50. Findings of fact as to the parties' intentions can have a pronounced impact on assessment of what constitutes a fair award. In Luckwell v Limata, Holman J's judgment was underpinned by his absolute conviction that the husband had intended to be bound by the agreements in question 33.

51. After having acknowledged that his award was 'based entirely on the needs of (the husband), considered in conjunction with his role as a father', he commented that:

'But for the agreements, I would have awarded a larger housing fund and the whole of it outright. As it is, all of it is provided only for a term, and much of it only during the dependency of the children. He only ever gets the use of it in the form of housing. He can never touch the capital (para 166)'.

52. Prima facie, it appears that the existence of the pre-nuptial agreement affected Holman J's assessment of the quantum and structure of the exclusively needs based award. But for the agreement, the husband would have received a larger capital fund for housing that would have been awarded outright.

53. If this analysis is correct, it marks a significant departure from the current understanding that nuptial agreements usually restrict only the scope of the sharing principle 34. It seems axiomatic that such a development will in some cases lead to unfairness. If Holman J's approach gains traction and is followed, parties really will have to be careful what they wish for.


1 Radmacher v Granatino [2010] UKSC 42; [2011] 1 AC 534, [69]

2 Kremen v Agrest [2012] EWHC 45 (Fam); [2012] 2 FLR 414, [72]

3 Ibid, [73]

4 BN v MA [2013] EWHC 4250 (Fam) (Unreported) [30]; Kremen v Agrest, [30]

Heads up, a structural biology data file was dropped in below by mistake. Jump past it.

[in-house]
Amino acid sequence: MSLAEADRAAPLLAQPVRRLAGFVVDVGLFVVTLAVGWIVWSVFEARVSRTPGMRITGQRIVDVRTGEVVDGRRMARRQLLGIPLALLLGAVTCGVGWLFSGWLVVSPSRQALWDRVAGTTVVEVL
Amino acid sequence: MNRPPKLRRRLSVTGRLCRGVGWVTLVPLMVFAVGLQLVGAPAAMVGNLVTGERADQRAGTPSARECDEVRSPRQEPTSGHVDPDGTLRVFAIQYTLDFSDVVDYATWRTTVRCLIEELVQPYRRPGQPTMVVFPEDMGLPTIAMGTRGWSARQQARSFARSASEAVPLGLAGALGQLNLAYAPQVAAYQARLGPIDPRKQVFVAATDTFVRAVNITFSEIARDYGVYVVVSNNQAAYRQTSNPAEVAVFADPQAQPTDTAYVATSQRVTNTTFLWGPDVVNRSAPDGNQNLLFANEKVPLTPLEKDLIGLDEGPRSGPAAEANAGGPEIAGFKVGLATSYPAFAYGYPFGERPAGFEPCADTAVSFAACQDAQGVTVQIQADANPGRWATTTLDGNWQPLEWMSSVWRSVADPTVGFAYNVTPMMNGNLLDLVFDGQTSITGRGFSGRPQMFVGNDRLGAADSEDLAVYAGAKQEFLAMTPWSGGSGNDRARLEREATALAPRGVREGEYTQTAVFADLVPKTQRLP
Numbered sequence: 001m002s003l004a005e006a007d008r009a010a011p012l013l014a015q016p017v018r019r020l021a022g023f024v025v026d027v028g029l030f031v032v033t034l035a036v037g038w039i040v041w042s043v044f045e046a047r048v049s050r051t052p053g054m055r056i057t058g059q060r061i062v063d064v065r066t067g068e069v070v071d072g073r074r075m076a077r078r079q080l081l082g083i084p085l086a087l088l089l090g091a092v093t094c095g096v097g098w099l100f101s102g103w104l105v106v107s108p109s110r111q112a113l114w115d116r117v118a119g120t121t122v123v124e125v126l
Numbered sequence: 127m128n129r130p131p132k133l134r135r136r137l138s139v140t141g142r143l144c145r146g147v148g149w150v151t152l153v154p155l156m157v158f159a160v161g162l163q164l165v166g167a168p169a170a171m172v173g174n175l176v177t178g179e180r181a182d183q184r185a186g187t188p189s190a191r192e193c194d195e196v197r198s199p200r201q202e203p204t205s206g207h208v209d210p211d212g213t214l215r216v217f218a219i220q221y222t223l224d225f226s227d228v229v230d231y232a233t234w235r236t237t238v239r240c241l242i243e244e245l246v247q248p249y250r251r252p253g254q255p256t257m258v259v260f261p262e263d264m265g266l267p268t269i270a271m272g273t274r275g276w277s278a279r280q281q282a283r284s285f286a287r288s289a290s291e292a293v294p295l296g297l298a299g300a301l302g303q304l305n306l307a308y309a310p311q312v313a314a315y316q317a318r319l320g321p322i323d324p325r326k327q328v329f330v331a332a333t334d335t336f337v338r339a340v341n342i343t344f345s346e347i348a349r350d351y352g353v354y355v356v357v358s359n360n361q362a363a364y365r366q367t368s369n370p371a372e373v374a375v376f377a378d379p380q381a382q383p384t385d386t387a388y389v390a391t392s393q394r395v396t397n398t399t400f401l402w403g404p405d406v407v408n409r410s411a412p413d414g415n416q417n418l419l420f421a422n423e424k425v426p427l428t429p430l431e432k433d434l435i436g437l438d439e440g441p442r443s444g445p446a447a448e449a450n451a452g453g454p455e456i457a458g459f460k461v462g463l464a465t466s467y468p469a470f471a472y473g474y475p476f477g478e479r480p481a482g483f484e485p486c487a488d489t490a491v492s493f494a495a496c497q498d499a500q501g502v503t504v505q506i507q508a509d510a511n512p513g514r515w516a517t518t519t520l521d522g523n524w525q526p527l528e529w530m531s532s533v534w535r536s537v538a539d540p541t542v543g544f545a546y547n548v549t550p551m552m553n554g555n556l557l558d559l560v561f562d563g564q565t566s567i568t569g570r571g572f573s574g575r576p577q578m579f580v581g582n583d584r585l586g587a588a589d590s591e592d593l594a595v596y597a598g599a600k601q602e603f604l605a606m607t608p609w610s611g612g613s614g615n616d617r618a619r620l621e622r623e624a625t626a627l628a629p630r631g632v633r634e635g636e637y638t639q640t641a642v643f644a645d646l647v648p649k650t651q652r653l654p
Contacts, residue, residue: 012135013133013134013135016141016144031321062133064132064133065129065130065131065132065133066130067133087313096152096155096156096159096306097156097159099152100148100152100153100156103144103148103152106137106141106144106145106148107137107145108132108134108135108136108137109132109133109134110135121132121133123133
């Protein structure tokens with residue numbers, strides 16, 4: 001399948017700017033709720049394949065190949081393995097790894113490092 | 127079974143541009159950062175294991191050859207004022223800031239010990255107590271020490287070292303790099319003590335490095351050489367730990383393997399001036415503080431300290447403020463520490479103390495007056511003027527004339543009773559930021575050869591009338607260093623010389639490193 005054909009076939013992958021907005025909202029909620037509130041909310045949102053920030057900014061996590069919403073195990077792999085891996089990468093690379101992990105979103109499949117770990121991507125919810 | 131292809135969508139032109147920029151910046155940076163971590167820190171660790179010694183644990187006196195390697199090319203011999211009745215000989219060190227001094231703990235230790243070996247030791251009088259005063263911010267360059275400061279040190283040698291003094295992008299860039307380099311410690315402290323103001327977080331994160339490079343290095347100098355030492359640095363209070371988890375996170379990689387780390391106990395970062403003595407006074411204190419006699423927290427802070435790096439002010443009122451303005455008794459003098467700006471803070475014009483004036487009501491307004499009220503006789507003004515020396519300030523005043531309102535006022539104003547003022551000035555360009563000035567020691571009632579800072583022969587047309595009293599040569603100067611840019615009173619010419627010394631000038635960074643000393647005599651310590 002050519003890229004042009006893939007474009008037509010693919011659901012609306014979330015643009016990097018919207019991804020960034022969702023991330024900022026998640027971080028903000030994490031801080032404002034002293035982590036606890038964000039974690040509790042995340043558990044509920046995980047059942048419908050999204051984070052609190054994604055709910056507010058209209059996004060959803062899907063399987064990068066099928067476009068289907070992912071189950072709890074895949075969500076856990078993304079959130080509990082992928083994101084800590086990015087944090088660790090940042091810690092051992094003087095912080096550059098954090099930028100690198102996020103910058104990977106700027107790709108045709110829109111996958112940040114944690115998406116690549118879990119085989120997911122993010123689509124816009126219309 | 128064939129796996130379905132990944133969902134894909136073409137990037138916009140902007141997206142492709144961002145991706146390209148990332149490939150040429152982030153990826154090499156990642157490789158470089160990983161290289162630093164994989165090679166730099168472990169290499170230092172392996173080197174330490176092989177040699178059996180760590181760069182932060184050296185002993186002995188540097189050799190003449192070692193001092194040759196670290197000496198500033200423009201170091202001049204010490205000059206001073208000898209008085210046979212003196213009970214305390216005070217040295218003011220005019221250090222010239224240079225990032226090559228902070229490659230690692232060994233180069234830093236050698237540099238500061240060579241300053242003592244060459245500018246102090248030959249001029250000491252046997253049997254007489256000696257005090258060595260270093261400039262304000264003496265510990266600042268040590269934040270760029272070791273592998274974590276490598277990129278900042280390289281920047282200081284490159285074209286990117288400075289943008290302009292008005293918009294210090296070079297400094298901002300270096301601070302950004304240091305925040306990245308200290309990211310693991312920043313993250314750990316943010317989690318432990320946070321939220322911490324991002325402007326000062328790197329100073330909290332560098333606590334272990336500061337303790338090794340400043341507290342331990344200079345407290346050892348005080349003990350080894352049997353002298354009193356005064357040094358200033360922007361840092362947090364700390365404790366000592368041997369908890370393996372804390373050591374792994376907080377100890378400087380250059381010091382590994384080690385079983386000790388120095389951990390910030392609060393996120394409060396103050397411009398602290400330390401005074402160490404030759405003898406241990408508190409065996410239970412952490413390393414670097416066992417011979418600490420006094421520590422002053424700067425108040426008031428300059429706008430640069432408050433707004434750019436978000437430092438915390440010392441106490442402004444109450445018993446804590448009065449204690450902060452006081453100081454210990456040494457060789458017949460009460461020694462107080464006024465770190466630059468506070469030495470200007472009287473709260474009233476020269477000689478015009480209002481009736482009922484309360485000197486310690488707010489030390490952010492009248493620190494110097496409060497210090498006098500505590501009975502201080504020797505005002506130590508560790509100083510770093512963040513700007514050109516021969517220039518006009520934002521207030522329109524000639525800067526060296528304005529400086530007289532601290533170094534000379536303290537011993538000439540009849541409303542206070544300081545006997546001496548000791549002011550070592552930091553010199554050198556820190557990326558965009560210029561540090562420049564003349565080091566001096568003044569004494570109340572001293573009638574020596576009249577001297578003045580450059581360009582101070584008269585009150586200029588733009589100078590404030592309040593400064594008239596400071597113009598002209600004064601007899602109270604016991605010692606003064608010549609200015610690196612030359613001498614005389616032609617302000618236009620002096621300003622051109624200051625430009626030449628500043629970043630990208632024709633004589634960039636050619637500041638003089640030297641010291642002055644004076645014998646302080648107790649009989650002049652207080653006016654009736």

5 V v V (Ancillary Relief: Pre-Nuptial Agreement) [2011] EWHC 3230 (Fam); [2012] 1 FLR 1315, [48], Kremem v Agrest, [73]; BN v MA, [30]; AH v PH [2013] EWHC 3873 (Fam); [2014] 2 FLR 251, [58]

6 V v V, [50]

7 Ibid [67] – [68]

8 Ibid [49], [52]

9 Ibid 

10 B v S (Financial Remedy: Marital Property Regime) [2012] EWHC 265 (Fam); [2012] 2 FLR 502, [20]

11 Ibid, [20], [34]; SA v PA (Premarital Agreement: Compensation) [2014] EWHC 392 (Fam); [2014] 2 FLR 1028, [55]. Mostyn J's view was endorsed by Moor J in AH v PH, [63] and Roberts J in Y v Y [2014] EWHC 2920 (Fam) (Unreported), [110]

12 See also Y v Y, [88]

13 Kremen v Agrest, [5]

14 GS v L (Financial Remedies: Pre-Acquired Assets) [2011] EWHC 1759 (Fam); [2013] 1 FLR 300, [77]; V v V, [67] – 68; Kremen v Agrest, [74(ii)]; Luckwell v Limata [2014] EWHC 502; [2014] 2 FLR 168, [17]; Y v Y, [67]

15 [67], [73], [109]

16 [77]

17 GS v L, [77]; Z v Z (Financial Remedies: Marriage Contract), [40]; AH v PH, [65]

18 Z v Z, [42],[45]; AH v PH, [10]; SA v PA, [51]

19 Radmacher v Granatino, [81]

20 Kremen v Agrest, [72]; BN v MA, [29]

21 Luckwell v Limata, [143]

22 AH v PH, [67] – [69]

23 Y v Y, [69]

24 AH v PH, [111]

25 Ibid, [12]

26 SA v PA, [63]

27 AH v PH, [68]

28 SA v PA, [14]

29 AH v PH, [43]

30 Z v Z, [64]

31 V v V, [79]

32 Ibid, [39]

33 Luckwell v Limata, [12], [17], [133]

34 Radmacher v Granatino, [82]